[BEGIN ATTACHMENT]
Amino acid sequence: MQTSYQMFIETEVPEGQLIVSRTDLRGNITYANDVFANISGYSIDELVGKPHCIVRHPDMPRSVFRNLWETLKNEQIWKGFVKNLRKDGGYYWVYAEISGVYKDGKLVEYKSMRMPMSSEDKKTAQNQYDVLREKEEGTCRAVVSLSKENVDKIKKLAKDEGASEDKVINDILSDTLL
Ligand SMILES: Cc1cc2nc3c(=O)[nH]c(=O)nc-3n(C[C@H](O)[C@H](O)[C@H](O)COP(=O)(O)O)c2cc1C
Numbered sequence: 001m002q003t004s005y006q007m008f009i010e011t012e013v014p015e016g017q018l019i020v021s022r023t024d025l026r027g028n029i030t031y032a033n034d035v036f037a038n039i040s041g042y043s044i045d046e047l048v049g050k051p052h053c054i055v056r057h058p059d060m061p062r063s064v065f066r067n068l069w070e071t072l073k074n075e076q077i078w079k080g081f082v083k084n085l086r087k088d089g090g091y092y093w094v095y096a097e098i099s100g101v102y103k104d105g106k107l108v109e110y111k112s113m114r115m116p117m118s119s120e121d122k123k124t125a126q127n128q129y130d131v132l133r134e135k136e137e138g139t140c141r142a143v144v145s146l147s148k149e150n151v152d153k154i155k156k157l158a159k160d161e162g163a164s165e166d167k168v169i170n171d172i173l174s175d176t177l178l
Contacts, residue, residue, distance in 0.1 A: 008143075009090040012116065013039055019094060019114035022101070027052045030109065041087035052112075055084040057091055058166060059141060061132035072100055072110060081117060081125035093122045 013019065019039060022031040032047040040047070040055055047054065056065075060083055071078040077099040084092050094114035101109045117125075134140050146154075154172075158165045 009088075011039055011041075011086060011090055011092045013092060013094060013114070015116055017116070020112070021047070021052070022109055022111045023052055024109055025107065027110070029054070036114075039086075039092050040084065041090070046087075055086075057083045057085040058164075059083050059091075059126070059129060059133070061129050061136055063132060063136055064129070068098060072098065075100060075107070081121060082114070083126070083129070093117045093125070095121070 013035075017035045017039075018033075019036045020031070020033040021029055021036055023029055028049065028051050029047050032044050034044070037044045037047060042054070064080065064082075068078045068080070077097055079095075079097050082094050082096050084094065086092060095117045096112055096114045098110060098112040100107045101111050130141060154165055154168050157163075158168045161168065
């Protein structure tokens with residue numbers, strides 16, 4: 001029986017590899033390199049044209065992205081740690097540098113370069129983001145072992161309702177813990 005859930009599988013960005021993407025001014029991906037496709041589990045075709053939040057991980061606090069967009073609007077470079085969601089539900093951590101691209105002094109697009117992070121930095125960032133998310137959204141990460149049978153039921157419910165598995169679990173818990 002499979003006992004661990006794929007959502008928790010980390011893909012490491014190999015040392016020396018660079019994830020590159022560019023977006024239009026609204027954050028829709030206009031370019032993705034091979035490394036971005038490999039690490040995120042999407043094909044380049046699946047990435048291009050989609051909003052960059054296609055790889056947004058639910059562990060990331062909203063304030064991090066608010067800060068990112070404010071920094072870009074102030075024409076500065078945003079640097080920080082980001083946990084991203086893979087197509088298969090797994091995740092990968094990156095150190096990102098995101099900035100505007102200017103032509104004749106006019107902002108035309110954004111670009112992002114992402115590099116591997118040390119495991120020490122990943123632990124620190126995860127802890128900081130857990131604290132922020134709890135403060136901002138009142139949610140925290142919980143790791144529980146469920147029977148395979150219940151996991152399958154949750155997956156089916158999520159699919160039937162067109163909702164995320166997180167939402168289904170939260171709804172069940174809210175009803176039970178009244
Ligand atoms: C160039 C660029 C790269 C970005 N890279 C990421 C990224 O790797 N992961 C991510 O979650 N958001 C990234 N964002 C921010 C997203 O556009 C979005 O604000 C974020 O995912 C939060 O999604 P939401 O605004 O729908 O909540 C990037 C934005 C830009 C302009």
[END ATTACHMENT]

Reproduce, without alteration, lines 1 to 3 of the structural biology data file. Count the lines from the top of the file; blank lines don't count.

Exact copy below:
Amino acid sequence: MQTSYQMFIETEVPEGQLIVSRTDLRGNITYANDVFANISGYSIDELVGKPHCIVRHPDMPRSVFRNLWETLKNEQIWKGFVKNLRKDGGYYWVYAEISGVYKDGKLVEYKSMRMPMSSEDKKTAQNQYDVLREKEEGTCRAVVSLSKENVDKIKKLAKDEGASEDKVINDILSDTLL
Ligand SMILES: Cc1cc2nc3c(=O)[nH]c(=O)nc-3n(C[C@H](O)[C@H](O)[C@H](O)COP(=O)(O)O)c2cc1C
Numbered sequence: 001m002q003t004s005y006q007m008f009i010e011t012e013v014p015e016g017q018l019i020v021s022r023t024d025l026r027g028n029i030t031y032a033n034d035v036f037a038n039i040s041g042y043s044i045d046e047l048v049g050k051p052h053c054i055v056r057h058p059d060m061p062r063s064v065f066r067n068l069w070e071t072l073k074n075e076q077i078w079k080g081f082v083k084n085l086r087k088d089g090g091y092y093w094v095y096a097e098i099s100g101v102y103k104d105g106k107l108v109e110y111k112s113m114r115m116p117m118s119s120e121d122k123k124t125a126q127n128q129y130d131v132l133r134e135k136e137e138g139t140c141r142a143v144v145s146l147s148k149e150n151v152d153k154i155k156k157l158a159k160d161e162g163a164s165e166d167k168v169i170n171d172i173l174s175d176t177l178l